Rather than only using social media sites in their spare time, the students in lecturer Shawn Peters' "Narratives of Justice and Equality in Multicultural America" class at the University of Wisconsin-Madison use Twitter as soon as they enter the classroom.
Peters displays a Twitter screen to his students as they watch and analyze the HBO drama "The Wire." The students use the hashtag "#wire275" to indicate that their Tweets are for that class specifically, and Peters selects a few interesting comments or arguments and follows up on them during future discussions.
"Twitter allows students to respond quickly and freely to that text in real time," Peters told me in an email, noting that he also uses the hashtag when posting material he feels might be relevant for exams.
For professors like Peters, the realm of social media is becoming a more critical component of the classroom environment. Professors' use of Twitter represents an innovative form of educational discourse as the number of social media sites and users rises in the digital age.
Last fall, Michigan State University released a report that found that courses in which students used Twitter yielded more student engagement and active learning, as well as higher grades.
In a press release, Christine Greenhow, an assistant professor in the Department of Counseling, Educational Psychology and Special Education at Michigan State University and a co-author of the report, says, "The students get more engaged because they feel it is connected to something real, that it's not just learning for the sake of learning."
At the beginning of the spring semester, I was surprised to see at the top of two class syllabi that professors had included Twitter names that they would use to communicate with students about topics relevant to the course. While we ended up rarely using these Twitter for discussion throughout the semester, it is clear that Twitter in the classroom is an emerging trend, or at least a concept that has the potential to be classified as such.
"I wouldn't classify it as a trend just yet, but I think more and more faculty are at least aware of the possibilities," Peters says.
For Anu Sivaraman, an assistant professor of marketing at the University of Delaware's Alfred Lerner College of Business and Economics, Twitter is a way for students to "disseminate readings, and a way to get participation out of students because class time is limited," she says.
Sivaraman says she's seen more professors using Twitter in the classroom during this past academic year specifically. "The biggest problem professors have is they don't know what to Tweet about ... But a lot of people are finding their niche," she says.
Similarly to Peters, Sivaraman uses a simple hashtag -- just the class number, for example, "#302" -- which she says enables students to recognize when a Tweet is meant just for them.
"I think [Twitter] is a good blend of technology and in-class discussion," Sivaraman says.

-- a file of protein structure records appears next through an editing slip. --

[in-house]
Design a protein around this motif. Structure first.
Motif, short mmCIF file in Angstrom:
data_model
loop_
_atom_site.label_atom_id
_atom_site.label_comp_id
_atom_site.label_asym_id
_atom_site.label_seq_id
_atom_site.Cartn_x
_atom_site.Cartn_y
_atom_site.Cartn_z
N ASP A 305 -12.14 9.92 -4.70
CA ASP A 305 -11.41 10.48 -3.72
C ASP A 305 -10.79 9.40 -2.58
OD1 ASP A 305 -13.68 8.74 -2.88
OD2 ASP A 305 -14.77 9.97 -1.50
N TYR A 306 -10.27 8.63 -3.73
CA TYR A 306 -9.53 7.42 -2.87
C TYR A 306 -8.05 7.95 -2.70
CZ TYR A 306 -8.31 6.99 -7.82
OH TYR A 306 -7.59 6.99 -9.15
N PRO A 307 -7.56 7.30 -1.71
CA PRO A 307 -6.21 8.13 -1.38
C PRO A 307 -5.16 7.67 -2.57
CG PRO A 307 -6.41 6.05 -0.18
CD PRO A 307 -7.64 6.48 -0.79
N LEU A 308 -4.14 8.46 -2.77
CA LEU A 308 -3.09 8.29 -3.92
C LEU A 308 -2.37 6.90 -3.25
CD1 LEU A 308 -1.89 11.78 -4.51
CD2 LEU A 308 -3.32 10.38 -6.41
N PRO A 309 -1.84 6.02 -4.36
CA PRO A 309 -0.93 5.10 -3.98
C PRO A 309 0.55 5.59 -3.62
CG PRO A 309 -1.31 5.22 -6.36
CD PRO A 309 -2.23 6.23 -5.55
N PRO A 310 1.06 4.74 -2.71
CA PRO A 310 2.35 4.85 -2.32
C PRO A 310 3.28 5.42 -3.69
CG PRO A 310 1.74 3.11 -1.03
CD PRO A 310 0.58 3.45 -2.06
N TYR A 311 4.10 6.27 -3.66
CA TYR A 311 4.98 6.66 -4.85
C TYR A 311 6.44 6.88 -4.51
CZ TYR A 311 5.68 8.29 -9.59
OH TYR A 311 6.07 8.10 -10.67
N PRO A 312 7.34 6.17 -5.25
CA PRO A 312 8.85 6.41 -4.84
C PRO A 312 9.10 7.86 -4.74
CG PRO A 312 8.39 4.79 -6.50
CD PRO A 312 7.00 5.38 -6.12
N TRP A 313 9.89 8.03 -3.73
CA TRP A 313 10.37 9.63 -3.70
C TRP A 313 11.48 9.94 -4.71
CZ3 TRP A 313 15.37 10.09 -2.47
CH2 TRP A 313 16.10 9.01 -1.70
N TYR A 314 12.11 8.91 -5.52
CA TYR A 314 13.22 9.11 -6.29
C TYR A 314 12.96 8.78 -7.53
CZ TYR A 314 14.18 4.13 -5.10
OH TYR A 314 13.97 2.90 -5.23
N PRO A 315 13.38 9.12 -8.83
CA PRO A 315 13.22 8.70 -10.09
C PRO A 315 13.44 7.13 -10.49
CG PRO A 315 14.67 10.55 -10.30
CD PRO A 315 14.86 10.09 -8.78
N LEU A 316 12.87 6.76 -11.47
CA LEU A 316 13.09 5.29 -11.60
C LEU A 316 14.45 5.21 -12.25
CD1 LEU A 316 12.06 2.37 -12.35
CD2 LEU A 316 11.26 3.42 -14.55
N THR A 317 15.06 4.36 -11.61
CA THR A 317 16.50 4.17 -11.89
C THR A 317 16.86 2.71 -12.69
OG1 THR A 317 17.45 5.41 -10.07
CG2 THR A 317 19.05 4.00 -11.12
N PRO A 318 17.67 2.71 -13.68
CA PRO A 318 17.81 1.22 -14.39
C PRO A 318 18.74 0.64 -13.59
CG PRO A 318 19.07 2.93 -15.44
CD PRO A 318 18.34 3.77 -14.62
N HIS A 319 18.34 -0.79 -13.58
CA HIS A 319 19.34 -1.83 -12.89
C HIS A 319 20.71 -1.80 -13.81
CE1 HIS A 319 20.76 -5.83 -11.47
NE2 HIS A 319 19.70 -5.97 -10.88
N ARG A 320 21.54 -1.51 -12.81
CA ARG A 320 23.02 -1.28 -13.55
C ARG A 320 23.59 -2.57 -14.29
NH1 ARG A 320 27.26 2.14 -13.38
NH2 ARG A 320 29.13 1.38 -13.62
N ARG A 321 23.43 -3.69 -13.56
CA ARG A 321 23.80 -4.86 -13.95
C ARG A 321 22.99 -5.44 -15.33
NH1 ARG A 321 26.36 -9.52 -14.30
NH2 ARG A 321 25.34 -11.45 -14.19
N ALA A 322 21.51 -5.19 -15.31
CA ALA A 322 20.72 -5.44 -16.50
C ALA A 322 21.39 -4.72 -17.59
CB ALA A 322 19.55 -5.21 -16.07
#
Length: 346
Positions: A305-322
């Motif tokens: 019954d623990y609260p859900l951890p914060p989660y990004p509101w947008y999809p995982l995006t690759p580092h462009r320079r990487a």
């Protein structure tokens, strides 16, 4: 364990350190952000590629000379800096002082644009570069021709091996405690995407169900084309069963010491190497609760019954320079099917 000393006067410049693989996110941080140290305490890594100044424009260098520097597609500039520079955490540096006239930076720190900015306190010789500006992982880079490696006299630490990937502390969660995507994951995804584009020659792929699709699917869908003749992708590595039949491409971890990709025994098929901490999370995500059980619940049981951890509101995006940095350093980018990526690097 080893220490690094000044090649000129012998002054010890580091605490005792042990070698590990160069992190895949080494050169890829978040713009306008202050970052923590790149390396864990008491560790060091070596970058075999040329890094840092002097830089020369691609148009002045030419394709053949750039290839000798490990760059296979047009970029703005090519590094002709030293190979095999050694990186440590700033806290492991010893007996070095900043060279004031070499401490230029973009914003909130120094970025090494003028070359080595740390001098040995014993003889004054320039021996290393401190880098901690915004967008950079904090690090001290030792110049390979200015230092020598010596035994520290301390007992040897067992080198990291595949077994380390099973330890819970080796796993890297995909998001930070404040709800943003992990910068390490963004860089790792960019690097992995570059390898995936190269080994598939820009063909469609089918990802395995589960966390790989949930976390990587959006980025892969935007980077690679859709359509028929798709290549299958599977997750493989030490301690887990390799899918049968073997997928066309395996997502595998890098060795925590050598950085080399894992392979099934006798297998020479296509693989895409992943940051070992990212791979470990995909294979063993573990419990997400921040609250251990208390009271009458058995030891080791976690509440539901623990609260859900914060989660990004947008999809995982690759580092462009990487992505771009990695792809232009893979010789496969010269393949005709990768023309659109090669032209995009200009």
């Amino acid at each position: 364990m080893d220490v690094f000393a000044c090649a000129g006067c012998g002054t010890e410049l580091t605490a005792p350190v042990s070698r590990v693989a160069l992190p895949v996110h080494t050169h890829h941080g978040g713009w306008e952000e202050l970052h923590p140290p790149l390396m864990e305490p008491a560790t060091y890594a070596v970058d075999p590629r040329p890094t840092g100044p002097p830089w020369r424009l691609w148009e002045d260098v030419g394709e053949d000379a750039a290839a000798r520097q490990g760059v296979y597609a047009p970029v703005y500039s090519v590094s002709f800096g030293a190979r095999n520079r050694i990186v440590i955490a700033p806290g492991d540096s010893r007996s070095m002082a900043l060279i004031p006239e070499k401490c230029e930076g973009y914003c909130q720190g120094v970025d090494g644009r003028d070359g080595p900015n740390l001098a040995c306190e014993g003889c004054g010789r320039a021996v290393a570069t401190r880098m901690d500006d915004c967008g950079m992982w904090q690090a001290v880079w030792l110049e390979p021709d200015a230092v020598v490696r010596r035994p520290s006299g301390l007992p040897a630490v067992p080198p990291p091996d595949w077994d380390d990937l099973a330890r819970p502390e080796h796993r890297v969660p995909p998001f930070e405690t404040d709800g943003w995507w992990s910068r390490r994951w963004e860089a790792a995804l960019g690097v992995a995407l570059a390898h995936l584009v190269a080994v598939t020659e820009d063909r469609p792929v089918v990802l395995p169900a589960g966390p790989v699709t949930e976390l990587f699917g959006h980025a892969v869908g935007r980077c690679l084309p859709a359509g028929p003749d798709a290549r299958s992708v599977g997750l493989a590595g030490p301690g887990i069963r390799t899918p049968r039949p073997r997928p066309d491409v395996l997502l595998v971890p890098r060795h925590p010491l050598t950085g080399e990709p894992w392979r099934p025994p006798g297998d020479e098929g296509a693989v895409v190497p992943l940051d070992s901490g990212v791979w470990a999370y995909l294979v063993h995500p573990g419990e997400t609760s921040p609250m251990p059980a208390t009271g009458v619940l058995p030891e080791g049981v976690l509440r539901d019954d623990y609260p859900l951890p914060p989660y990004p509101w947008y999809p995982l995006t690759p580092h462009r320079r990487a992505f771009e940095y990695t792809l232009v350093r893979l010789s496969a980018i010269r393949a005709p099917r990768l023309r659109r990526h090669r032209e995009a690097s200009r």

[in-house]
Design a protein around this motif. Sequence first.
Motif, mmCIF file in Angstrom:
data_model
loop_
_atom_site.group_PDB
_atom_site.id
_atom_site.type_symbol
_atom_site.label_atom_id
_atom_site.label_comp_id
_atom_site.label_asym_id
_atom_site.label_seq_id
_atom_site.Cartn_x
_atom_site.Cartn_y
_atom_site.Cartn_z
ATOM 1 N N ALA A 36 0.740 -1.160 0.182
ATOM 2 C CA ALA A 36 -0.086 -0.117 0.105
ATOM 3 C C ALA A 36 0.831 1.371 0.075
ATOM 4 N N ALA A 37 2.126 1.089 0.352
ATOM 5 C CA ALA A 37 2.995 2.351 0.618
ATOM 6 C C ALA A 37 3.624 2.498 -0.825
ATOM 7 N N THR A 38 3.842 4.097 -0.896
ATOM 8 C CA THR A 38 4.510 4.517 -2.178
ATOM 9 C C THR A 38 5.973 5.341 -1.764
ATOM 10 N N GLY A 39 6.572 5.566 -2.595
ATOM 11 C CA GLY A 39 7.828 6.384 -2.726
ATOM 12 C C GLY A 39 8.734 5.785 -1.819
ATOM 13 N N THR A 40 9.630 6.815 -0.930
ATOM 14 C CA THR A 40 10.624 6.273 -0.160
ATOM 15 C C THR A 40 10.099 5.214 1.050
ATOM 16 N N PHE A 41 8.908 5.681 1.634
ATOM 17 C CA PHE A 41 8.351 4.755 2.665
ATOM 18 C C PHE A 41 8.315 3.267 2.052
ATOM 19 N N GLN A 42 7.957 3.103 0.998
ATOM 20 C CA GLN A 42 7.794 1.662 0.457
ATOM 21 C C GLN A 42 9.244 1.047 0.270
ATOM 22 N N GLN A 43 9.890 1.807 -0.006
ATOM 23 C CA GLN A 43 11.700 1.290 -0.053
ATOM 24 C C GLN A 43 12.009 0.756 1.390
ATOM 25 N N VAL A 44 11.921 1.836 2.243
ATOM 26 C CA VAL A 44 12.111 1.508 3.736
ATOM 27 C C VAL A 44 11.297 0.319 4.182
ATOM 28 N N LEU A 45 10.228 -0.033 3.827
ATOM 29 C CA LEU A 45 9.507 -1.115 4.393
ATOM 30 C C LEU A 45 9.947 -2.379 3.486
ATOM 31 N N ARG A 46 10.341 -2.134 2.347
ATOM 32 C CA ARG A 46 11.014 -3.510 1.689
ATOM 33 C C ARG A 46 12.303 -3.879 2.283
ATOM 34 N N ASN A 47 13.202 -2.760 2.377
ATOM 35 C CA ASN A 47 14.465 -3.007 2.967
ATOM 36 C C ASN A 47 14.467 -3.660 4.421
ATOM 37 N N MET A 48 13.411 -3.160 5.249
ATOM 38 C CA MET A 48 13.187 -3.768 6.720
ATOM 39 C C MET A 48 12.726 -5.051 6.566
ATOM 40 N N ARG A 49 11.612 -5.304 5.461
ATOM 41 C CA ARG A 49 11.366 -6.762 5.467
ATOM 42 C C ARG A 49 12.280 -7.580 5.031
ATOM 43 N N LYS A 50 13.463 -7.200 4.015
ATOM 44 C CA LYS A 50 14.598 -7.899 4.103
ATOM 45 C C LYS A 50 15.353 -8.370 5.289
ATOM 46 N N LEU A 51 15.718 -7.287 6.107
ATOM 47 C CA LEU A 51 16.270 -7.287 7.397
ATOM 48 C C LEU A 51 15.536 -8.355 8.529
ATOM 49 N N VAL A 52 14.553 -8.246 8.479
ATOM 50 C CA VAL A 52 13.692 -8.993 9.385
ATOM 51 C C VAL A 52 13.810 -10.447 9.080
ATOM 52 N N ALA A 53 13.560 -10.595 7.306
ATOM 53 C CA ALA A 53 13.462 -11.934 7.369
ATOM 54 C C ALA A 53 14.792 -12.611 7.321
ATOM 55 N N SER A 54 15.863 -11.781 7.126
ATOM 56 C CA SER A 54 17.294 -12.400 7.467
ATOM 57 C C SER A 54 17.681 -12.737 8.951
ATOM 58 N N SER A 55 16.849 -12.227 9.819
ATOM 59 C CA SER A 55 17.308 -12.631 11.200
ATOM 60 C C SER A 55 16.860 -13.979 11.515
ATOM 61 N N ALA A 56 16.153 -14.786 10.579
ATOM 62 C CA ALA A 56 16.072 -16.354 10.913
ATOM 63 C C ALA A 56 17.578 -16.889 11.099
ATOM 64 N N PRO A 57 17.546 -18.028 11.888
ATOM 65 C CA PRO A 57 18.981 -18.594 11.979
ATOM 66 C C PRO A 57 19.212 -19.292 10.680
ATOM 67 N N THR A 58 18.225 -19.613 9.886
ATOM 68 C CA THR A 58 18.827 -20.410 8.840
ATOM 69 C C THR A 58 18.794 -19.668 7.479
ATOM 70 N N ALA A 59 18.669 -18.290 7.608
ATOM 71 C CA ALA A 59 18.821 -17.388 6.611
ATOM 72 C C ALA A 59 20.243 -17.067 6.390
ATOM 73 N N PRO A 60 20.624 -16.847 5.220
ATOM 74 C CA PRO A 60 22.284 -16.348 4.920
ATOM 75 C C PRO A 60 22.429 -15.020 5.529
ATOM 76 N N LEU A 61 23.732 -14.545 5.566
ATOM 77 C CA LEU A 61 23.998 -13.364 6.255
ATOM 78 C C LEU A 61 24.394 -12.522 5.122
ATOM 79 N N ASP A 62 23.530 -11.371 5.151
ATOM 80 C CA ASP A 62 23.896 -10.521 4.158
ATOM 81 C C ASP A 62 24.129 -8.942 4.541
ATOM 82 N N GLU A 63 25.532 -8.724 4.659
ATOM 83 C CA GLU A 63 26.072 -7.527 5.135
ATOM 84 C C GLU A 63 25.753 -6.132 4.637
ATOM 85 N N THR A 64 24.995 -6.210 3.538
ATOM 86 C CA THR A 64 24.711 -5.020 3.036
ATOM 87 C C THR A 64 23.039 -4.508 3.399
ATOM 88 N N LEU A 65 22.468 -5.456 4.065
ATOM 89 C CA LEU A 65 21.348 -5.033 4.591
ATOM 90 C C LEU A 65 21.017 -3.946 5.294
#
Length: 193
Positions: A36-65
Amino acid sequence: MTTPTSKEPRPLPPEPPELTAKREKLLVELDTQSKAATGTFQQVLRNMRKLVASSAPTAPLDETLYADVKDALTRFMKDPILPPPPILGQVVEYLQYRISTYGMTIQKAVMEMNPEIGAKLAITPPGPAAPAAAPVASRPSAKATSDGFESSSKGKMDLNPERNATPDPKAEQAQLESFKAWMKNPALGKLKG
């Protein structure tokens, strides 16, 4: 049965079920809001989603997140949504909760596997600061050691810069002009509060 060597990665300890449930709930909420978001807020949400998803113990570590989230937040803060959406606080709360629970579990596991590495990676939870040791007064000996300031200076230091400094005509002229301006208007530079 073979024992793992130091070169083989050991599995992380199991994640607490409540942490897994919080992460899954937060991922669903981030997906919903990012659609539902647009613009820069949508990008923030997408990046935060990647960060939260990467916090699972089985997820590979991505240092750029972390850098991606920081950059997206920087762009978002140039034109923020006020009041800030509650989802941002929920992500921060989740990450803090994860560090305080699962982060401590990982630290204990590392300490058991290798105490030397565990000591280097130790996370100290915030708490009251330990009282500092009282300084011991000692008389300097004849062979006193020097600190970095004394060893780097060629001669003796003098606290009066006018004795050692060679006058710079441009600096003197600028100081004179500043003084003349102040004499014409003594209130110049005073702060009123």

Peters explained that Twitter "provides another platform for serious engagement." It allows students to contribute to ongoing class discussions at any time, whether they're completing an assignment at 2 a.m. in the library or sitting in class.
"I am not blind to the symbolic power of using social media," Peters says. "Students really respond positively to the fact that their frumpy old professor is willing to give it a try, even if it doesn't always work perfectly."
Indeed, The Daily Bruin, the student newspaper of the University of California - Los Angeles, detailed one professor's use of Twitter and Spotify in the classroom.
Jerome Camal, a visiting assistant professor in the school's Department of Musicology, told the Bruin that "large lectures can be very impersonal," and in one of his classes last year, he had "very little interaction with students." According to the Bruin, Camal encourages the 360 students sitting before him in a large lecture hall to Tweet their questions during class.
Peters, meanwhile, has also utilized Twitter to foster discussion amongst the students themselves. For his class' midterm exam in the spring, students worked in groups to produce components of a study guide.
"They took pictures of the results, and then posted them in the hashtag, where everyone had access to them," he says. "...Twitter is a faster and more agile way for me to engage my students with the course material, and for them to engage each other in meaningful conversations."
Yet, there is a downside to the prevalence of social media, especially as many students are permitted to use their laptops to take notes during class: students using the Internet for other reasons -- like communicating with friends or shopping online -- during lectures.
"[Professors have] lost that battle," Camal told the Bruin.
Peters, meanwhile, says Twitter isn't the only site that he has been incorporating into classes. In the spring, he sometimes also used Facebook, YouTube and Spotify in a single afternoon between his "Narratives of Justice and Equality" class and another class titled "Remix and Appropriation in the Western Tradition."
"This from a guy who typed his undergrad papers in the mid-1980s on a manual typewriter," he says.